I'm going on a trip to Montreal for two weeks, arriving in a week. I was previously looking at renting a bike from Dyad for at least a week, but a month-long membership with Bixi is only 30 CAD. However, you signup for the membership online and keys are mailed.

1) Is it possible to get a month-long membership and key for the bikes in person? (i.e. avoid having keys mailed to my home in the US and possibly arriving after I've departed)

2) Given that the two weeks will include a VIA Rail trip to Quebec, am I better off getting a bike rental for the whole time and bringing the bike with me when I go to Quebec (3 day trip)?

3) How reliable is the Bixi system? Again, is just getting a weekly rental bike a better deal for a bike I can rely on (and actually enjoy using for transportation, unlike clunky Bixi bikes?

  • 1
    I think your question 1) is good and interesting. Here, we usually split questions. And your questions 2) and 3) are subjective : "better off", in terms of what? cost? It really depends on how you use the Bixi (if you keep it for more than 45min at a time, for example). And I have no idea what you mean by reliability: if they are robust, if there are a lot of bixi stations and if these always have bikes and/or free slots, ... I think you should only keep the first question. – Vince Jun 1 '15 at 21:50

1) You can have them mailed to someone else's address, maybe where you're staying or if you know anyone in town. There's also a cosubscriber option you can benefit from if you know someone in town who has one. You can also not subscribe and pay per ride, you don't need keys in that case.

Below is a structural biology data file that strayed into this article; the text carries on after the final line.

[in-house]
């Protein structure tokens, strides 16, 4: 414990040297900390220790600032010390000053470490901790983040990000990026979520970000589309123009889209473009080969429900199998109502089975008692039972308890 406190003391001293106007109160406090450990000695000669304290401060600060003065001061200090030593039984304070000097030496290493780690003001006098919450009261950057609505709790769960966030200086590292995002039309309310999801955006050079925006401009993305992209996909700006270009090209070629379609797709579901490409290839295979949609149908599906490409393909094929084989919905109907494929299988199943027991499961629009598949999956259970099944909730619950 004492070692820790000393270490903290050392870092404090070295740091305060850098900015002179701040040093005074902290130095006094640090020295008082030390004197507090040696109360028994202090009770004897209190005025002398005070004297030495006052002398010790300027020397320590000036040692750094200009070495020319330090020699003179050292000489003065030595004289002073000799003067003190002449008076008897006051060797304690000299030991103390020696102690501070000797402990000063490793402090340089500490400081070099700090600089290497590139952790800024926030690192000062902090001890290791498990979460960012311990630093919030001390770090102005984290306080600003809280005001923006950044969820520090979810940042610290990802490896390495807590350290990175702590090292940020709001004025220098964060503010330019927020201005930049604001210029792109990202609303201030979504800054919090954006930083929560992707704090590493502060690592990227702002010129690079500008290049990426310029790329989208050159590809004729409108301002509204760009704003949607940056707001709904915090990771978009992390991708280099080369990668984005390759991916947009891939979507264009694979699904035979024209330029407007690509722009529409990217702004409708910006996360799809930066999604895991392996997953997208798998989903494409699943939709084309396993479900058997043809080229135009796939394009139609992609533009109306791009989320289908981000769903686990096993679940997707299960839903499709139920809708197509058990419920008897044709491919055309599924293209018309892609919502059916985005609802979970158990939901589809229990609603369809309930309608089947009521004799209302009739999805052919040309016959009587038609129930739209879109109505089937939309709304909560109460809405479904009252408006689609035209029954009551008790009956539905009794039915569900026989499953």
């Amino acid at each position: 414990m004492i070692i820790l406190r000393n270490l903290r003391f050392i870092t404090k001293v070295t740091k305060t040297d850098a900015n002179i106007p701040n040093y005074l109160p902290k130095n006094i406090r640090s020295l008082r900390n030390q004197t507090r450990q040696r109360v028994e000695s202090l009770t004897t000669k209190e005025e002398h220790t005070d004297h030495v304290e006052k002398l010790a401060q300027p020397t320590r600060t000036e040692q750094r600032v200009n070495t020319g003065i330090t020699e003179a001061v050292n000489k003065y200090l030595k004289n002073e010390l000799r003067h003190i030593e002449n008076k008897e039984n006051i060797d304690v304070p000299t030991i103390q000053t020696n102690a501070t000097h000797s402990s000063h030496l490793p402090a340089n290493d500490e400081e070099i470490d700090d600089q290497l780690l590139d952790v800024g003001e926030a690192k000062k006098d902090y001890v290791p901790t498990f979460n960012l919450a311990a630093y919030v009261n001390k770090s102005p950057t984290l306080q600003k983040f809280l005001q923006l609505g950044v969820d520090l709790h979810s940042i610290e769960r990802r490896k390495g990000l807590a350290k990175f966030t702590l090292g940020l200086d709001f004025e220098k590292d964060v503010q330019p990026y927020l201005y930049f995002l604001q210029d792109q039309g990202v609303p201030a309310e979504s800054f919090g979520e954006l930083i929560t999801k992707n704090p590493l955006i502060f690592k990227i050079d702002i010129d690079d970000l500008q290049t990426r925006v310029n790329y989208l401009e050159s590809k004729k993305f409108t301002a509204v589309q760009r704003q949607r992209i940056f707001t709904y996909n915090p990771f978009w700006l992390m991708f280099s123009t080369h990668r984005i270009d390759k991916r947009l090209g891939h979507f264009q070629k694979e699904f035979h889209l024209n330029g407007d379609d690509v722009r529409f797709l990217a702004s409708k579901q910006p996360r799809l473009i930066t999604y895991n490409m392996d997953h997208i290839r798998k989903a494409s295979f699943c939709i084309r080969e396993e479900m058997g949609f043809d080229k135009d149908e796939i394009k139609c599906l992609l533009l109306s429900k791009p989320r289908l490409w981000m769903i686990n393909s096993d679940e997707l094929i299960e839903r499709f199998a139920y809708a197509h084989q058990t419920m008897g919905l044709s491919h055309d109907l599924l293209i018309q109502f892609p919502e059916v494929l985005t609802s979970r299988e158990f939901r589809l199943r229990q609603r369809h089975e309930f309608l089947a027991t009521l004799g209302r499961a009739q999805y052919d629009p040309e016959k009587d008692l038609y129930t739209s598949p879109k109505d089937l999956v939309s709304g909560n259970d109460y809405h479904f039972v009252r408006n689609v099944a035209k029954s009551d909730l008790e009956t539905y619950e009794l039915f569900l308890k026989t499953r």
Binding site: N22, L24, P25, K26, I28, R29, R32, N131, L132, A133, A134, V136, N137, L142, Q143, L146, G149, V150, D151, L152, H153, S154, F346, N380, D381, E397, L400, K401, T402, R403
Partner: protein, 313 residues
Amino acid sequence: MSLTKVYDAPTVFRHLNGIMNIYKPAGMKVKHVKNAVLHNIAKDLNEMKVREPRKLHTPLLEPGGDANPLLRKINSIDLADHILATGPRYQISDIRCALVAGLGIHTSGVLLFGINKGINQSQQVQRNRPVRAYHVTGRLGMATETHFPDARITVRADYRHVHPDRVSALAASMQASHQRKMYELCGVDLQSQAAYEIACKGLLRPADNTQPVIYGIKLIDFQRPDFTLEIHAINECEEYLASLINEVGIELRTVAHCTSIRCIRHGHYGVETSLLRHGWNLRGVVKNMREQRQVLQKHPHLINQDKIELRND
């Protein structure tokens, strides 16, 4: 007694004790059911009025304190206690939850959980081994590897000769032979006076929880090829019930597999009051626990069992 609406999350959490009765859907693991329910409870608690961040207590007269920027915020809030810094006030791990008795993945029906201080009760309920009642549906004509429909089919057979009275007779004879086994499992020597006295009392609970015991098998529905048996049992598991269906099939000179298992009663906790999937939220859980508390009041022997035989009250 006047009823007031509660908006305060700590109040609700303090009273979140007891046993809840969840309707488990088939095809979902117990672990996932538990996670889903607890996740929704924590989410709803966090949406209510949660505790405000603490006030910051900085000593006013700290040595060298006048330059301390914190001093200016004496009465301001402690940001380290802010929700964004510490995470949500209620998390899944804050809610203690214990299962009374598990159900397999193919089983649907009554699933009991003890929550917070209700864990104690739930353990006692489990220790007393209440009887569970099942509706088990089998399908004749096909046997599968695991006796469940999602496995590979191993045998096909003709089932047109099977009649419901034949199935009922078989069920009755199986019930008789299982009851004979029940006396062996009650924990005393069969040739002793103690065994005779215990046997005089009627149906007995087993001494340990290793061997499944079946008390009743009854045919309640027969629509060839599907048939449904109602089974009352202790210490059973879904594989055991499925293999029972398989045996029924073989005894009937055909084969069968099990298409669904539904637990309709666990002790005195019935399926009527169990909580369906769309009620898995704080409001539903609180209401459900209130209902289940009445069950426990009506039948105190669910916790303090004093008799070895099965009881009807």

2) If you only need 2 weeks' worth of biking, you might want to look at pay per use, it depends on how often you'll need it so I can't say if you're better off. Be aware though that Quebec City has its own network, and that even if you're subscribed to the monthly plan you still pay extra if the ride exceeds 45min (reference), which makes taking the bike out of town a pretty bad idea.

3) Highly subjective, but keep in mind they were designed as a quick way to go from A to B, not as a way to stroll around town. They're pretty heavy to deter theft too. The system is pretty reliable though, there's stations all over town and defective bikes are usually replaced quickly. In my own experience I can say some stations more uphill tend to be emptier because people usually leave them downtown instead

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